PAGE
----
Star Wars Jedi: Fallen Order
Winning the award for “best out-of-bounds segments,” Pnash’s run of Star Wars Jedi: Fallen Order breaks the 2019 game in half and then breaks that half into even tinier pieces. This is largely thanks to a glitch halfway through the run that trivializes the rest of it, basically letting the player character fly up and away from any obstacle or pesky wall, skipping nearly every boss and encounter.
Super Mario 64 blindfolded
Super Mario 64 is already one of the most competitive games to speedrun, especially when going for its highly difficult skips in the “16-Star” category. And runner Bubzia literally did it with his eyes closed!
Honestly, that alone should make this a required watch. Since he relies entirely upon audio cues, Bubzia is silent throughout the run, his commentator explaining every move and its significance as he methodically moves Mario against walls and counts the flaps of an owl’s wings or the beats of a track to know when to jump.
Celeste with dance-pads
Despite having come out in 2018, Celeste has already been cemented as a speedrunning classic, enough so that, like Super Mario 64, runners are coming up with new ways to challenge themselves to beat it. Tackling its infamous C-side challenges fast is already an impressive feat, but runner PeekingBoo does so with his feet! A plus side of doing things remotely, PeekingBoo uses a full-size Dance Dance Revolution machine mapped to buttons on the controller, moving his entire body rapidly in order to complete every C-side stage in under 15 minutes.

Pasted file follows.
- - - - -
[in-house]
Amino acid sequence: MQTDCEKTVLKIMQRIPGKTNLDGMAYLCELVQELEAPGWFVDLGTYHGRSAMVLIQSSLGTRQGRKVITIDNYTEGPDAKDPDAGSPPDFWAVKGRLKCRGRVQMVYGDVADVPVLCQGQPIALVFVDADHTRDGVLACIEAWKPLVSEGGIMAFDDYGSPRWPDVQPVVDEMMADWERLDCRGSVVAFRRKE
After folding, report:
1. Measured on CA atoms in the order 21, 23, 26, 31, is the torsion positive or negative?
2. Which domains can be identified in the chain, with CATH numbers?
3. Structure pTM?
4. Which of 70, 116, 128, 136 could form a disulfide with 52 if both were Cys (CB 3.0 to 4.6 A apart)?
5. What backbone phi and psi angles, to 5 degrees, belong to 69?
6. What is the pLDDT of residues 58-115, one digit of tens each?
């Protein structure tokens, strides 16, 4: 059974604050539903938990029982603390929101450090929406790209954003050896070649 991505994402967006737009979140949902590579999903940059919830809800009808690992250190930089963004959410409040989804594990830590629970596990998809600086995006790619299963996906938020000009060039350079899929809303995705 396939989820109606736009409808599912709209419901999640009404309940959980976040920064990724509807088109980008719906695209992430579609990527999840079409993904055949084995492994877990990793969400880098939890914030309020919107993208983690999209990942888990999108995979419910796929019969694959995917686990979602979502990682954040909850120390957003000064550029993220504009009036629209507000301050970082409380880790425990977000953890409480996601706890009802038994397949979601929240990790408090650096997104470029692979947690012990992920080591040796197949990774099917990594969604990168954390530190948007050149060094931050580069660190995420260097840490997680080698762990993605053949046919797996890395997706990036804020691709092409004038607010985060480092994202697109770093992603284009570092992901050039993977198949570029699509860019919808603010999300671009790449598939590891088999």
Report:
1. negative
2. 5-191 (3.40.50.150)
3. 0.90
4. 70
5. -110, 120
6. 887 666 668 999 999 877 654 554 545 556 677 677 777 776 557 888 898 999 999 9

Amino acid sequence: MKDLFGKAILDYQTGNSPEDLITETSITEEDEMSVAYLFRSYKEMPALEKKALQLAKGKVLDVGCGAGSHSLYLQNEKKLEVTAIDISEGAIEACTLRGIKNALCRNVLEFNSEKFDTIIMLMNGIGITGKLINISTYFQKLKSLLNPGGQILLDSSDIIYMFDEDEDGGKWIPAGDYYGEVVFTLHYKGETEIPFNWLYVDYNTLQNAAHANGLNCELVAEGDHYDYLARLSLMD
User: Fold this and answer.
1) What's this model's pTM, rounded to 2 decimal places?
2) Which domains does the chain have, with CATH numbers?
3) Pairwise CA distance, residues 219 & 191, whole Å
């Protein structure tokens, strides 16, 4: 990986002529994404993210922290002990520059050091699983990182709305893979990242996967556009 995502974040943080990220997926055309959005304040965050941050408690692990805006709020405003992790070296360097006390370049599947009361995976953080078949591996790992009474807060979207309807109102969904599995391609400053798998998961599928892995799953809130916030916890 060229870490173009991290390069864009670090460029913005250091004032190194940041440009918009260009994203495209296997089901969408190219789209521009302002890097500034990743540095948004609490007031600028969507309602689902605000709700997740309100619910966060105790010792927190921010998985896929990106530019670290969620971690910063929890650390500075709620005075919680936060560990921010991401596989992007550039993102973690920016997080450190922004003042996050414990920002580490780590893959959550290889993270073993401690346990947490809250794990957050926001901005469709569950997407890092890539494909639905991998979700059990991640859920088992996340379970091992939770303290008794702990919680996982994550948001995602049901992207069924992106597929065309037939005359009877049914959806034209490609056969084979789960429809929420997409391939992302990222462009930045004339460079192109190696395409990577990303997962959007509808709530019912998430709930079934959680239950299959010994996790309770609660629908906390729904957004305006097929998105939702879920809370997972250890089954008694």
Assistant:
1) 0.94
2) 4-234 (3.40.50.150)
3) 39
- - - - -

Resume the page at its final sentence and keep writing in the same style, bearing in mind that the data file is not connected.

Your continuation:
Like the previous run, this is something probably only an online event could do, as longtime commentator Kungfufruitcup does a showcase of the adrenaline-pumping VR rhythm game Beat Saber, gradually increasing stages in intensity until blocks cover the entire screen. This is thanks to Kungfufruitcup’s setup, in which the entire side of her room is covered in a green screen so that the camera picks up the same in-game visuals she sees in her headset. I actually did a brisk walk on the treadmill while watching the run, and it was clear that I wasn’t getting nearly the amount of exercise she was by the end.